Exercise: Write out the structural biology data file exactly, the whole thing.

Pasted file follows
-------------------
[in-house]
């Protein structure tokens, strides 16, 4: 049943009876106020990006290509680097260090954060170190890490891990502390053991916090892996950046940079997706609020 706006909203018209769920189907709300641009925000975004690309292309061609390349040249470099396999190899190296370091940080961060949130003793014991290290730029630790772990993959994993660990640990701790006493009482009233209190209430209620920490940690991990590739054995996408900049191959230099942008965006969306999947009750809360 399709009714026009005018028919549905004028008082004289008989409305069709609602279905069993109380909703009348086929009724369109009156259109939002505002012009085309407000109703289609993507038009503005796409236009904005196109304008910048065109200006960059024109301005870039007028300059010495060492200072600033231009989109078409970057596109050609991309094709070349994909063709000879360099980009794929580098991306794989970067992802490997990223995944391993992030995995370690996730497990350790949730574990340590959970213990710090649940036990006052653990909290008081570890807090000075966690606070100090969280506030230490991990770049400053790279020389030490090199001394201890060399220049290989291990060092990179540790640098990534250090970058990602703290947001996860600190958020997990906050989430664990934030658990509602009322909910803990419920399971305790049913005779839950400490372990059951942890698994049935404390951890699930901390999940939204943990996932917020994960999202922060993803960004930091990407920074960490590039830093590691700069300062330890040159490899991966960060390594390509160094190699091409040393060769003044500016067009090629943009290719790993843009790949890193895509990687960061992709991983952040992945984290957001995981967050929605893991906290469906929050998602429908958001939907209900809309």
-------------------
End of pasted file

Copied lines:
[in-house]
């Protein structure tokens, strides 16, 4: 049943009876106020990006290509680097260090954060170190890490891990502390053991916090892996950046940079997706609020 706006909203018209769920189907709300641009925000975004690309292309061609390349040249470099396999190899190296370091940080961060949130003793014991290290730029630790772990993959994993660990640990701790006493009482009233209190209430209620920490940690991990590739054995996408900049191959230099942008965006969306999947009750809360 399709009714026009005018028919549905004028008082004289008989409305069709609602279905069993109380909703009348086929009724369109009156259109939002505002012009085309407000109703289609993507038009503005796409236009904005196109304008910048065109200006960059024109301005870039007028300059010495060492200072600033231009989109078409970057596109050609991309094709070349994909063709000879360099980009794929580098991306794989970067992802490997990223995944391993992030995995370690996730497990350790949730574990340590959970213990710090649940036990006052653990909290008081570890807090000075966690606070100090969280506030230490991990770049400053790279020389030490090199001394201890060399220049290989291990060092990179540790640098990534250090970058990602703290947001996860600190958020997990906050989430664990934030658990509602009322909910803990419920399971305790049913005779839950400490372990059951942890698994049935404390951890699930901390999940939204943990996932917020994960999202922060993803960004930091990407920074960490590039830093590691700069300062330890040159490899991966960060390594390509160094190699091409040393060769003044500016067009090629943009290719790993843009790949890193895509990687960061992709991983952040992945984290957001995981967050929605893991906290469906929050998602429908958001939907209900809309």